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The Incredible Story Of The Housewife Who Became World War Two’s Most Decorated Spy

World War II

When you think of World War II, you think of male soldiers fighting on the front lines. While young men did battle during the war, there were others who you would never expect to see fighting. Today, it is not uncommon for a wife and mother to join the military. It also isn’t unusual for these women to be deployed overseas. World War II was a very different time. Women often stayed home with the children, while their men went off to war. A Frenchwoman named Odette Sansom was willing to leave everything behind to do what she could during the war. This is the incredible story of the housewife who became World War Two’s most decorated spy.


The year was 1942, and Odette Samson was living in England’s Somerset, where she was raising her three children. Her British husband was off in the army, so she was left alone caring for her children. This was common back in 1942 because many men were going off to war. Due to Odette’s French background, she was approached by British intelligence. They were looking for women who were willing to go on very dangerous espionage missions in France. The women were warned that if they were captured by the Germans, it would be a death sentence. Even though she knew the dangers, Odette was willing to go to France as a spy, a most decorated spy. Despite the dangers, she wanted to do her part.

The Children

Because Odette’s husband was off fighting in the war already, Odette had to find someone to care for her children. She was 30-years-old at the time, and she put her children in a convent school. She needed for them to be safe and cared for, and since Odette didn’t have much family, the convent school would be the best place for her children for the time being. As much as she hated to leave them behind, she knew that taking part in the war was essential. The sooner the war came to an end, the sooner her family would be back together again.


Odette landed on a beach in the French Riviera in November 1942. She was going to be part of a network of intelligence agents called Spindle. A British agent named Captain Peter Churchill was the leader of the Spindle network. While under Captain Churchill’s command, Odette would be working as his courier. The two had to work very closely together during their mission.

April 1943

The missions were going as planned for several months, but in April 1943, the Germans arrested Odette and Captain Churchill. When they were arrested, they were separated immediately. Odette was taken to Fresnes Prison, located on the outskirts of Paris. She knew that her mission was dangerous and that arrest was possible, so she wasn’t too surprised. She just worried that she would never see her children again. And she knew that she had to be strong if she was ever going to go home again.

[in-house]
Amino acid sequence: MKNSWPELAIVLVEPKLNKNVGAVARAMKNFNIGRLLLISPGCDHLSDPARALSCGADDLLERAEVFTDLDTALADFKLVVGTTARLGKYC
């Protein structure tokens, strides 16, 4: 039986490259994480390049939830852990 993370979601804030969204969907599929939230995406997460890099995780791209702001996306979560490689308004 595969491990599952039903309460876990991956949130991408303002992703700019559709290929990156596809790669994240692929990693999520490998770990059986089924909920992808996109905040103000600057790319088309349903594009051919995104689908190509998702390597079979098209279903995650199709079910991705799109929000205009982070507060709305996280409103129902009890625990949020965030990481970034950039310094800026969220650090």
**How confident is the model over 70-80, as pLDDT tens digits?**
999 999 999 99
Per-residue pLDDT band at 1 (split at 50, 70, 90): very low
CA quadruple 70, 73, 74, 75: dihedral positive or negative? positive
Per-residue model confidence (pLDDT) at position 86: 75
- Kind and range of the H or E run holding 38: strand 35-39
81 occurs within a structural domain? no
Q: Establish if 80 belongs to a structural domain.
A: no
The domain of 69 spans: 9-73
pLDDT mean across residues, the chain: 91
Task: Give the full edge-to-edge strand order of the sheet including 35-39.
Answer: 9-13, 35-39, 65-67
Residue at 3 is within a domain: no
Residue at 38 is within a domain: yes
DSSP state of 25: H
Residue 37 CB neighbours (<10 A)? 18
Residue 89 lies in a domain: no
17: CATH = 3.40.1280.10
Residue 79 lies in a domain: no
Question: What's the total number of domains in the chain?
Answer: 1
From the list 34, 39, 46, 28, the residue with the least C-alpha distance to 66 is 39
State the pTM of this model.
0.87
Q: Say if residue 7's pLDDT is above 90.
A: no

Gestapo’s Parisian Headquarters

While Odette was imprisoned, she was taken to the Gestapo’s Parisian Headquarters a total of 14 times. The Germans wanted her to give up the names of the other agents. To get her to talk, Odette was tortured. No matter what they did to her, she refused to talk. Finally, they realized that there was nothing that they could do to break her. Finally, they gave up and transferred her.

Ravensbruck Concentration Camp

When the Gestapo realized that Odette wouldn’t talk, they sent her to the notorious Revensbruck concentration camp for women in northern Germany. The odds of surviving the concentration camp were against her. It was a horrible place, and over 50,000 women died while there. Against all the odds, Odette survived.

After the War

When the war ended, Odette was released from the camp. For her bravery and service, and being the most decorated spy the British gave her the country’s second-highest medal, the George Cross. She was also awarded to Order of the British Empire. She was also given the country’s top award, the Legion d’Honneur. After what she went through to the British secrets, she deserved these awards.

Odette’s Personal Life

After the war, Odette divorced her husband, Soy Sansom. In 1947, she married Peter Churchill. That marriage didn’t last, and the two divorced. Odette got married a third time and took her husband’s last name, Hallowes. She remained married to her husband until her death in 1995. She was 82 years old. Odette lived a very exciting life, and she was brave. After World War II, Odette’s time in the military was over, and she settled down with her children, leading a normal life. She was happy to have put her time as a spy behind her, but it was a part of her life that made her feel great pride.

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